ACD Atlas Computing Division ICF: Terminals

Jump To Main Content

Jump Over Banner



Jump Over Left Menu

Visual Display Units

The terminals in this pool were a mix of current well-priced US equipment and an attempt to buy British when possible.

ADM3A and Newbury 7002 VDUs

ADM3A and Newbury 7002 VDUs
Large View

Lear Siegler manufactured the ADM3A from around 1977 and it predates the DEC VT100. It was both inexpensive and rugged which were the attractions for the terminal pool. It also had a set of DIP switches (even/odd parity, 7/8 bits,etc) on the back which allowed it to be used with the whole range of ICF machines. The terminals cost about $1000 each with discount.

Thanks to John Edwards for these Newbury Lab recollections.

Newbury Lab, as the name suggests, began in Newbury, Berkshire (on the Bone Lane industrial estate). The designer of all their VDUs was Technical Director Geoff Tily.

John Edwards went to work for them in 1974, when they had been going a while. The main product in 1974 was the NL 21-80 (21 lines of 80 characters). At the time static RAM was expensive, rare, and slow, so the page memory used 80-bit dynamic shift registers, 4 bits wide, endlessly recircling. Clever TTL logic inserted and deleted characters on the fly. The 21-80 was joined by the 24-80 in late 1975/early 1976. The shift-registers were replaced by static RAM.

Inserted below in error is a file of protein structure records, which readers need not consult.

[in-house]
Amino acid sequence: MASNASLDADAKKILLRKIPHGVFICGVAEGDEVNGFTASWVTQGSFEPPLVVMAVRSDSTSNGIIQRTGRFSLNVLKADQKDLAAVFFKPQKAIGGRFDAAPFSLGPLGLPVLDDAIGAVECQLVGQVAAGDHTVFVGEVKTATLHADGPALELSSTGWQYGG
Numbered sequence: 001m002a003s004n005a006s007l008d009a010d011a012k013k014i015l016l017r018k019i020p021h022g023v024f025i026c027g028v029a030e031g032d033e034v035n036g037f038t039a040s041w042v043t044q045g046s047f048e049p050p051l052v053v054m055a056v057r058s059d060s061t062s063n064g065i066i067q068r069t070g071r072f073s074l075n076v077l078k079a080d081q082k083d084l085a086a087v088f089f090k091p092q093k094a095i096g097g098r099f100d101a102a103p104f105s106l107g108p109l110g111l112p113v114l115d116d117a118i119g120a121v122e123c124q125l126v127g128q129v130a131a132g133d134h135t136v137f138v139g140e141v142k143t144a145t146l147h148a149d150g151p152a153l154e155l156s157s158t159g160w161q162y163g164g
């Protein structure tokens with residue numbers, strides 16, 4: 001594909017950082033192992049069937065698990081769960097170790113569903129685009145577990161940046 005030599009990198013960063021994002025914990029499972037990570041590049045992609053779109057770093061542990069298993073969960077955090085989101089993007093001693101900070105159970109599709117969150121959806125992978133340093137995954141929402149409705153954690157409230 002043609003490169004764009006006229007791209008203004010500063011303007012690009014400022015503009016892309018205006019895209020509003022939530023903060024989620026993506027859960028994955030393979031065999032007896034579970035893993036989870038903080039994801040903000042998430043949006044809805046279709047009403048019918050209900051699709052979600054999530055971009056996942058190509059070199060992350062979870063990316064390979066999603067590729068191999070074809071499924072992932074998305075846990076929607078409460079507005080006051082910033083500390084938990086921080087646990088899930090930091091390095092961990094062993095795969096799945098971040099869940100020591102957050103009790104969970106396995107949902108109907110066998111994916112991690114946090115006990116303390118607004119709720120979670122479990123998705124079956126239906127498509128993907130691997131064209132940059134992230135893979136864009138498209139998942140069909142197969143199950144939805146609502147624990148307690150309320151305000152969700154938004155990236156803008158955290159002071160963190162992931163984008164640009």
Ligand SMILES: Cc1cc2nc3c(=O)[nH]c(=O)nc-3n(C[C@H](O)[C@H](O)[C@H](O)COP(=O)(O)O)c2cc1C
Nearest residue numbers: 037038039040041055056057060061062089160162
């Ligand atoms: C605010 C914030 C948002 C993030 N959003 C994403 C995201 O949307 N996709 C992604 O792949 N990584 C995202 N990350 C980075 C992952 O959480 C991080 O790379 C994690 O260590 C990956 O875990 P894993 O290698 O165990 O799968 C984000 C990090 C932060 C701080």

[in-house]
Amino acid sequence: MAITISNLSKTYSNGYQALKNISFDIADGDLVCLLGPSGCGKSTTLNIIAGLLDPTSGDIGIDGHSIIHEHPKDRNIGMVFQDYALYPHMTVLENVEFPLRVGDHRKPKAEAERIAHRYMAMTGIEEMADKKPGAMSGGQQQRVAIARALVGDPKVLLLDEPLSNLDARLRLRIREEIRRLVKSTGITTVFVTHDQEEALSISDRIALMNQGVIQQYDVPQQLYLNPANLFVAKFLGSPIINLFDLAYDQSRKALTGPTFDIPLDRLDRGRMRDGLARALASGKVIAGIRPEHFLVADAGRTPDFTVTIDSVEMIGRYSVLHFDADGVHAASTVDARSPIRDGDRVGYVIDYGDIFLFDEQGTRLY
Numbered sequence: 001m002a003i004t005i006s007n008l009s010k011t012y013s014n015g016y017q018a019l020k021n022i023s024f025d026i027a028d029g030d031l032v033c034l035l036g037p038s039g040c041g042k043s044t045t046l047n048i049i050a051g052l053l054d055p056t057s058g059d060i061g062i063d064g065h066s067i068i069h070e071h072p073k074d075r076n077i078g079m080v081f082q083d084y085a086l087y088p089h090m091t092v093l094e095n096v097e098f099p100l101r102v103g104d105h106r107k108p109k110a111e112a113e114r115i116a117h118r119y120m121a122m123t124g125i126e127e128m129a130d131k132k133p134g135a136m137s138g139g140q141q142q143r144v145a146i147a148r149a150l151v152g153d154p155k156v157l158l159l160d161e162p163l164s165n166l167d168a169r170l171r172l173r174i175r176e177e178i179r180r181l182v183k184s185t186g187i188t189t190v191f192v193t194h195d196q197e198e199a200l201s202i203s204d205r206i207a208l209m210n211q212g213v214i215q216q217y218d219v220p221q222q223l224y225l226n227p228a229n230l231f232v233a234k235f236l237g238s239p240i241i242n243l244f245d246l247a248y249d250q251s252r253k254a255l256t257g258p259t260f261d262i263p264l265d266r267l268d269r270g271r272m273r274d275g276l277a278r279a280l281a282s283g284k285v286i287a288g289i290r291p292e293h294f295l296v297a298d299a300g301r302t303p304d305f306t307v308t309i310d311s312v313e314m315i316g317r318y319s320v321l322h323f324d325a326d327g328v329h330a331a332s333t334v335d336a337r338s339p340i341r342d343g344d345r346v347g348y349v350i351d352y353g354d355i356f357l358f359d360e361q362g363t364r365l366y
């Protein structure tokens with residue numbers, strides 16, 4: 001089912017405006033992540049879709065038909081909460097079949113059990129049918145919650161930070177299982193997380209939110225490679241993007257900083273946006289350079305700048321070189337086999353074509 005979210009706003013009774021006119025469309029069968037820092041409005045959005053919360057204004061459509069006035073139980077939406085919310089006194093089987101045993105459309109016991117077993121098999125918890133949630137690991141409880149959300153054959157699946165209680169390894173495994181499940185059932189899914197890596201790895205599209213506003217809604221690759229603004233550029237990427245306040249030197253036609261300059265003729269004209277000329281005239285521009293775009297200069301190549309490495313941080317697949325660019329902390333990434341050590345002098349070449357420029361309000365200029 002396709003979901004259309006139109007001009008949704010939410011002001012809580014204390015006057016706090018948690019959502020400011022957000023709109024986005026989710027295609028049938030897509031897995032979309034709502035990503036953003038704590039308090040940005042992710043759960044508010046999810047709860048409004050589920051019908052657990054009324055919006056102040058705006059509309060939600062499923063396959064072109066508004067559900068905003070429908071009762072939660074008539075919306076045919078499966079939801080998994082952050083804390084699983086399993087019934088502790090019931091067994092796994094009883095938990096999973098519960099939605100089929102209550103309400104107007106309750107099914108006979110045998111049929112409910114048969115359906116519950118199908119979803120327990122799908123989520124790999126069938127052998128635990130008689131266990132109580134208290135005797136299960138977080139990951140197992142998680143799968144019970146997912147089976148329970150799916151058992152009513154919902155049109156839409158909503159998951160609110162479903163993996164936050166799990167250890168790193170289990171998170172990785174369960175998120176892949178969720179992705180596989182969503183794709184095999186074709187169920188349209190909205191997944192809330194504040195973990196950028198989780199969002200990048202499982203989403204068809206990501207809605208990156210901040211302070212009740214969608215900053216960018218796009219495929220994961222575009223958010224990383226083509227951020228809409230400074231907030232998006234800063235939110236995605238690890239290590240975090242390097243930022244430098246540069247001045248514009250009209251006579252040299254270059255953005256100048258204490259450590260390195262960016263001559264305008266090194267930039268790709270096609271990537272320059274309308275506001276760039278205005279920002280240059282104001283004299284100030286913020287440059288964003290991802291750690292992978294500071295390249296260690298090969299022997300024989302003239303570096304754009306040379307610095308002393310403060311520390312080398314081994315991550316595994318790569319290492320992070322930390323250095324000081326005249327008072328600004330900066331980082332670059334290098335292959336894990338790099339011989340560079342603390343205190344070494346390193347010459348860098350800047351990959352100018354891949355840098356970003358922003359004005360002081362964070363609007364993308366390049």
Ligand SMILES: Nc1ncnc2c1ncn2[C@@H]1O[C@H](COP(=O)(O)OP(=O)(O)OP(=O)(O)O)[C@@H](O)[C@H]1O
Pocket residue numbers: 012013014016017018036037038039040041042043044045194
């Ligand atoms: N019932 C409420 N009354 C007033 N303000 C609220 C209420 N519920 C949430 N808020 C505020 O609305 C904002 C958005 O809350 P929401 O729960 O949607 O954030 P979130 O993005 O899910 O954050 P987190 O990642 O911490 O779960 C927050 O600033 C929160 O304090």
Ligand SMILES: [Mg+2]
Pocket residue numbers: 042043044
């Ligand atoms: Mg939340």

John Edwards left in mid 1976, with a contract to write the manuals for the NL machines. He wrote the 24-80 manual, but by the time the final printed copy arrived it had been renamed the 7001/2 (a marketing decision to rationalise the anticipated range of models).

The aim had been to replace the earlier machine wth the 7004, a four-slot multi-tasking 16-bit processor in LS-TTL which was pretending to be a VDU engine but this was delayed and eventually abandoned. As the marketing and manufacture of the old range had been more or less run down, the gap in the product line was filled by the 7002 which was quickly brought out.

John Edwards was the Field Service Engineer for the North, working out of Macclesfield. Back then it was worth driving 100 miles just to change a sticky keyboard key. Not the keyboard, just the key! The shift-register chips were a common failure; just one failed bit nobbled a whole line, since the whole line passed through it.

Eventually, the 7001/2 was replaced by a similar machine, the 7004/5.